Fade in: Las Vegas. Yes, things move so fast here in the entertainment capital of the world that sometimes we forget about all the great entertainment of the past. That’s where the Las Vegas Classic Film Series comes in. Many have tried to open some type of vintage movie house, but it took the combined efforts of our plucky heroes to actually make it happen.
It’s a story made for the silver screen: A Senegalese woman, Wassa Coulibaly, moves to Sin City to be a dancer for Cirque du Soleil. She takes over the Baobob Stage at Town Square and begins shaking things up. On a recent trip to Switzerland, in a small theater, lightning strikes. “The movies they played were just so raw,” Coulibaly says. “It inspired me.”
Enter Bosnian refugee Ozren Cvjetic, who also happens to be a filmmaker. He’s lived in New York and throughout Europe and has this idea to create the Classic Film Series. “Only Paris, London, Berlin, New York and LA are going to have this level of programming,” he promises.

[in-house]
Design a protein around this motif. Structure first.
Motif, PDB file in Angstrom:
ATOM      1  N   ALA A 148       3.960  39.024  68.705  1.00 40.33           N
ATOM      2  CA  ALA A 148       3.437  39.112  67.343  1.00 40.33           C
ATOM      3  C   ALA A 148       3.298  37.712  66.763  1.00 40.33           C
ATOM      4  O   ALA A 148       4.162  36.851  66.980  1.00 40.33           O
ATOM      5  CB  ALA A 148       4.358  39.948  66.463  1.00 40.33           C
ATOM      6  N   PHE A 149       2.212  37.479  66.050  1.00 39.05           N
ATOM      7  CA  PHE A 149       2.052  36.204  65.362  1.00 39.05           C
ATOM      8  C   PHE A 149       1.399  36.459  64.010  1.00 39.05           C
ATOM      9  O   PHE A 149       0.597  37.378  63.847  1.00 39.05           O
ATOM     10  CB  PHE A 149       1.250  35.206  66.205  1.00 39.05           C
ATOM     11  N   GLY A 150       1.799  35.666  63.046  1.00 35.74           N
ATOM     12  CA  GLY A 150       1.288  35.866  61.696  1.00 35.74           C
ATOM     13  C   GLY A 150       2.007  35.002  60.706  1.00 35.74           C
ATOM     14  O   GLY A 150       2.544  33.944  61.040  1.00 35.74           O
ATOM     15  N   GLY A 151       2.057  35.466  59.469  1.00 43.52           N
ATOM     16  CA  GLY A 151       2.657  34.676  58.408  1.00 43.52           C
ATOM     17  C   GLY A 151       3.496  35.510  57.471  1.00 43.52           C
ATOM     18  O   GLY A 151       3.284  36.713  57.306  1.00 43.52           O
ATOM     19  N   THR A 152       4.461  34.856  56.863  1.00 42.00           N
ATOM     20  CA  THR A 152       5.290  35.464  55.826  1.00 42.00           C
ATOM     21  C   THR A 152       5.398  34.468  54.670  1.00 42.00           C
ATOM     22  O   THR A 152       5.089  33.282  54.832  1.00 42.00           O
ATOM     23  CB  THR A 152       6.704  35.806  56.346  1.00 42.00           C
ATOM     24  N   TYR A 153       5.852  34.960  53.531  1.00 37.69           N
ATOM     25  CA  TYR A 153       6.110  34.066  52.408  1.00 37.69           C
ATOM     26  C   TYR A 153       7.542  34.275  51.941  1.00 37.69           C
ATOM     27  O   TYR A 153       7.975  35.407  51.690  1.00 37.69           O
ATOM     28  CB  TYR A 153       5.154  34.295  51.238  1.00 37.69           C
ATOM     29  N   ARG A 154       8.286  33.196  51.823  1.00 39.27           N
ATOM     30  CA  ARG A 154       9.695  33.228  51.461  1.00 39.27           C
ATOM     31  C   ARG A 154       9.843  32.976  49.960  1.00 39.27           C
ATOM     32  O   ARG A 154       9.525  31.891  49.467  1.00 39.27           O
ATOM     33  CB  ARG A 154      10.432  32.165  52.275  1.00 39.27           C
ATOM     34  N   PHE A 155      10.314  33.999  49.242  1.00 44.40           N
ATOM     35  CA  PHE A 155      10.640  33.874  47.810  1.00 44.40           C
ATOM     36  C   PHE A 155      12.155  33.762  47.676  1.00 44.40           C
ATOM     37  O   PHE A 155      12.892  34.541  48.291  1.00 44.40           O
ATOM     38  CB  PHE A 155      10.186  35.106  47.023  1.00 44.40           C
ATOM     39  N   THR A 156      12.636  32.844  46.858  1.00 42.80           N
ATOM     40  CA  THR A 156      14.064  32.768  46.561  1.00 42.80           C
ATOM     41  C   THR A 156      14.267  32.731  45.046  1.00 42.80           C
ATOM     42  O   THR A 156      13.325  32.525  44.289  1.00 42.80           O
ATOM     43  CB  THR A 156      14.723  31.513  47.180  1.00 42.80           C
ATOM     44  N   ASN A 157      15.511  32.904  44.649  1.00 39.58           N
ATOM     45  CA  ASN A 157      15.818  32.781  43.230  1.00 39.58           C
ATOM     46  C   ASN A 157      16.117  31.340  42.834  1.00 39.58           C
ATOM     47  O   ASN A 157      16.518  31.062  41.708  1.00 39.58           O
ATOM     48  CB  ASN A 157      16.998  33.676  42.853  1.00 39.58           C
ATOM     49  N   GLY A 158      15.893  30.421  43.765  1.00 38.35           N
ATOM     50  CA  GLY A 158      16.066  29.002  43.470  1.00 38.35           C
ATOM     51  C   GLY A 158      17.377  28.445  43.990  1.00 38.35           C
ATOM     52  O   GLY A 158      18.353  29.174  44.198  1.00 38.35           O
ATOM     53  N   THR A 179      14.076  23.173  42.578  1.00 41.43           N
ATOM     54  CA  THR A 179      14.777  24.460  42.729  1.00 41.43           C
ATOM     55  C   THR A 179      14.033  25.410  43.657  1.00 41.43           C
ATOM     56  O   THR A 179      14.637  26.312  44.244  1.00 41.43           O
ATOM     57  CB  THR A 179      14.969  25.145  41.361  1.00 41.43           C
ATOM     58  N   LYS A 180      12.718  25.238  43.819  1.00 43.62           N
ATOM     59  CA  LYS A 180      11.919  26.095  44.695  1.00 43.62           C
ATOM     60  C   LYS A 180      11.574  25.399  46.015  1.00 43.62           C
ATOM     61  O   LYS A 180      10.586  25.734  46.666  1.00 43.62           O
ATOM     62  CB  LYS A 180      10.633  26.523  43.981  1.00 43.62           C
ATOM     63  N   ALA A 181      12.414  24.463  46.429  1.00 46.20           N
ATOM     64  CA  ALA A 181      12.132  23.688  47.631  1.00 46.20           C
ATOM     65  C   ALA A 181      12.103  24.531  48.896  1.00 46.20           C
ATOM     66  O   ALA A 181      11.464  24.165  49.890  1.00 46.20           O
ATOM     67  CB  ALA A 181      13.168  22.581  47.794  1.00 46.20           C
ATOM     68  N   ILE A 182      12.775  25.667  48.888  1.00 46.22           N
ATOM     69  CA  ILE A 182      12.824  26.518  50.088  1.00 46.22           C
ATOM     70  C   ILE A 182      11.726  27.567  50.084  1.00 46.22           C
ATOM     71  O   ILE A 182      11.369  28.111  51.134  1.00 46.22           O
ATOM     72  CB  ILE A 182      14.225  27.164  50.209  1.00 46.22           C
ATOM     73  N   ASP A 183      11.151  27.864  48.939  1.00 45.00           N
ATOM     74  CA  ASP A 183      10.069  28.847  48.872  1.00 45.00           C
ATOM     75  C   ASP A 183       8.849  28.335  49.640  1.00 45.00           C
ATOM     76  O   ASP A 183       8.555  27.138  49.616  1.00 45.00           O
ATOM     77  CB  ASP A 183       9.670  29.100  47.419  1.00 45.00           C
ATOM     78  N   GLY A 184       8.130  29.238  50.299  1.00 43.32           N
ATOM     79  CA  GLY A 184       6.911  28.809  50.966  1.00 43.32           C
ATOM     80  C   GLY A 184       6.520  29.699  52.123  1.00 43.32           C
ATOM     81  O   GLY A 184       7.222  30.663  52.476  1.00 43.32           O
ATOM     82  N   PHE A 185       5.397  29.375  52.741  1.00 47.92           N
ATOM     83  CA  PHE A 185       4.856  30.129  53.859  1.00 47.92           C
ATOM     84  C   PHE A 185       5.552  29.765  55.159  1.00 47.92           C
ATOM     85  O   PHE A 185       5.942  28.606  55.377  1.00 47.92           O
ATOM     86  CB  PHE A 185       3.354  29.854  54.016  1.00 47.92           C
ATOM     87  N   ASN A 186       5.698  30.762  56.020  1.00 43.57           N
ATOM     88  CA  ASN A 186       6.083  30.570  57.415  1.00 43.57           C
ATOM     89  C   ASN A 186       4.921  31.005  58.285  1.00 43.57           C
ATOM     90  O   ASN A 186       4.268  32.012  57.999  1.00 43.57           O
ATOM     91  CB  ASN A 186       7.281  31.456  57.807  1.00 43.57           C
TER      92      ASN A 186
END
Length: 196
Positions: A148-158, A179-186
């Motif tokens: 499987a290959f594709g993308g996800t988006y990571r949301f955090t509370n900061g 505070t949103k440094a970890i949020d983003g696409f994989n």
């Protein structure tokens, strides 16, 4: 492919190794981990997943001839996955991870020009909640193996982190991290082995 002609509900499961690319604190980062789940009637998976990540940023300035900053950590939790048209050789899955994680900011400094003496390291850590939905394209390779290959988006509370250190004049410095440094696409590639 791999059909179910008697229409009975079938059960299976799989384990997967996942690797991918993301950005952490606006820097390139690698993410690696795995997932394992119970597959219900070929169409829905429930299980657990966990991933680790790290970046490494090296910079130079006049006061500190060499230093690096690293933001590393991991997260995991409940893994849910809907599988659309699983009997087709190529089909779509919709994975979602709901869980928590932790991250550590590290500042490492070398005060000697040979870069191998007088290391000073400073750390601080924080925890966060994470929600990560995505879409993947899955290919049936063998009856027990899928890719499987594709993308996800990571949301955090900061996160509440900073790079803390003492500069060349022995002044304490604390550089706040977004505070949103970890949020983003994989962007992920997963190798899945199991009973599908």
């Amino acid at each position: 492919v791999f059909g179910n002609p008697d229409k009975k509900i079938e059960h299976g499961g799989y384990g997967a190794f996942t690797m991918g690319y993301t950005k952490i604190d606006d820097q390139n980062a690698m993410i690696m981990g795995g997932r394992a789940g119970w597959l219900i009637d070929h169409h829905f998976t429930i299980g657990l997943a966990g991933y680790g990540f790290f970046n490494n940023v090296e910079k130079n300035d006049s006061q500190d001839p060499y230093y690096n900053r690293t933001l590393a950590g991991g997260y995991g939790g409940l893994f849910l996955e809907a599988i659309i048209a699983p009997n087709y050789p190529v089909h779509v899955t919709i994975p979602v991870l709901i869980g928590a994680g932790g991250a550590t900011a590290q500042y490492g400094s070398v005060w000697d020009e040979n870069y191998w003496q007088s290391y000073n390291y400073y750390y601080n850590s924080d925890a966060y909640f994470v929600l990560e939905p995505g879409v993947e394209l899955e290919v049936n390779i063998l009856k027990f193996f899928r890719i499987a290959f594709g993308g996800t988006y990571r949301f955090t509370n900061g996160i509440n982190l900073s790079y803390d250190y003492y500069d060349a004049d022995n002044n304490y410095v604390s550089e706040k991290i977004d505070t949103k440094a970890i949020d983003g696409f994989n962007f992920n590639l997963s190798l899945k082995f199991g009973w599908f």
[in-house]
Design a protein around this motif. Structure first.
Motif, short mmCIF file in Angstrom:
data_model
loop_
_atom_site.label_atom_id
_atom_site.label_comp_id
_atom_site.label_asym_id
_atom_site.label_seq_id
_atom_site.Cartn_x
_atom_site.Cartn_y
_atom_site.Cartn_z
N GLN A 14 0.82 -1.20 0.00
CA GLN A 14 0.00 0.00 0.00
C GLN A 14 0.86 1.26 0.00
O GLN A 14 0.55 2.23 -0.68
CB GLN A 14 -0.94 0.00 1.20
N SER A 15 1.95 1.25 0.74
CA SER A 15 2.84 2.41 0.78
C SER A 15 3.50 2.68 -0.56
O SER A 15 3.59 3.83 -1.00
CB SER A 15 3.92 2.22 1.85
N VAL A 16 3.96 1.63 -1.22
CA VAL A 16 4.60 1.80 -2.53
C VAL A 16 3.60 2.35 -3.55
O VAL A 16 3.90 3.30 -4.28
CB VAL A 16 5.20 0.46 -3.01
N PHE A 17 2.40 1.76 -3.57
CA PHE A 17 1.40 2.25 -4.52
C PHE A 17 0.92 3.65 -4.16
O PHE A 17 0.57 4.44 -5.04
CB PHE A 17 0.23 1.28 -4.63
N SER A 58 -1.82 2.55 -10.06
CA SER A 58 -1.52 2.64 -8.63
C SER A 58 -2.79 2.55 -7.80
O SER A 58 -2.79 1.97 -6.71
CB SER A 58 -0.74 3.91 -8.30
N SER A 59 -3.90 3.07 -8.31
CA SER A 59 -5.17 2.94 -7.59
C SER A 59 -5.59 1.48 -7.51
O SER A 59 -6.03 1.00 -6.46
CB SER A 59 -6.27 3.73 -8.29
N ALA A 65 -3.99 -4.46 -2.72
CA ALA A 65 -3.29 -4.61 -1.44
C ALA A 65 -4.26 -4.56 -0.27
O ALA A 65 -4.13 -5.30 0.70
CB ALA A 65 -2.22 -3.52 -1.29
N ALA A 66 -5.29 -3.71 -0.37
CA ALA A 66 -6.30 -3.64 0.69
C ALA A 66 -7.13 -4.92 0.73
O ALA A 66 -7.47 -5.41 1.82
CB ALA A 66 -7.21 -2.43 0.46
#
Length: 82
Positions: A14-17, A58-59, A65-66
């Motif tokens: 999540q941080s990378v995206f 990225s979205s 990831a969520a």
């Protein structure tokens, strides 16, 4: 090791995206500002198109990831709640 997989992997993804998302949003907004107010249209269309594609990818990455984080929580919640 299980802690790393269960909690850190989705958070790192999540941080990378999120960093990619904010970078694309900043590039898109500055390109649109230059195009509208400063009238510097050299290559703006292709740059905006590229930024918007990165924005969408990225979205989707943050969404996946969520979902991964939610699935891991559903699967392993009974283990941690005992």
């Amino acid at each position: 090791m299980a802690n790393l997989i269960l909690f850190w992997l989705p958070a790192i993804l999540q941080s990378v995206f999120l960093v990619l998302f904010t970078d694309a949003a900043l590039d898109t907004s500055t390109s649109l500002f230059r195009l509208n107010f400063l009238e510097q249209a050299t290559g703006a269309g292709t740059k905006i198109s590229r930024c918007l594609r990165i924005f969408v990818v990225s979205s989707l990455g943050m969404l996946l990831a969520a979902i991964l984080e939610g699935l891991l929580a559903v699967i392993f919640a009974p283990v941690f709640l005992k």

That means two movies a day, ranging from A Star Is Born and The General to The Wizard of Oz. For now, admission is $5 as the films are all available via public domain, but Coulibaly is hoping to add copywrited titles, especially those by her favorite filmmaker Federico Fellini. She also wants to bring in programming from film festivals around the world.
Cvjetic has even grander ambitions, hoping to “build a film archive collecting everything that was ever filmed in the Southwest, from casinos to Navajo reservations from Santa Fe.”
Opening night saw a large crowd turn out for Charade, a 1963 thriller starring Audrey Hepburn and Cary Grant. This is a worthwhile cultural venture, and with continued community support there’s no reason these two dreamers can’t have their own Hollywood ending.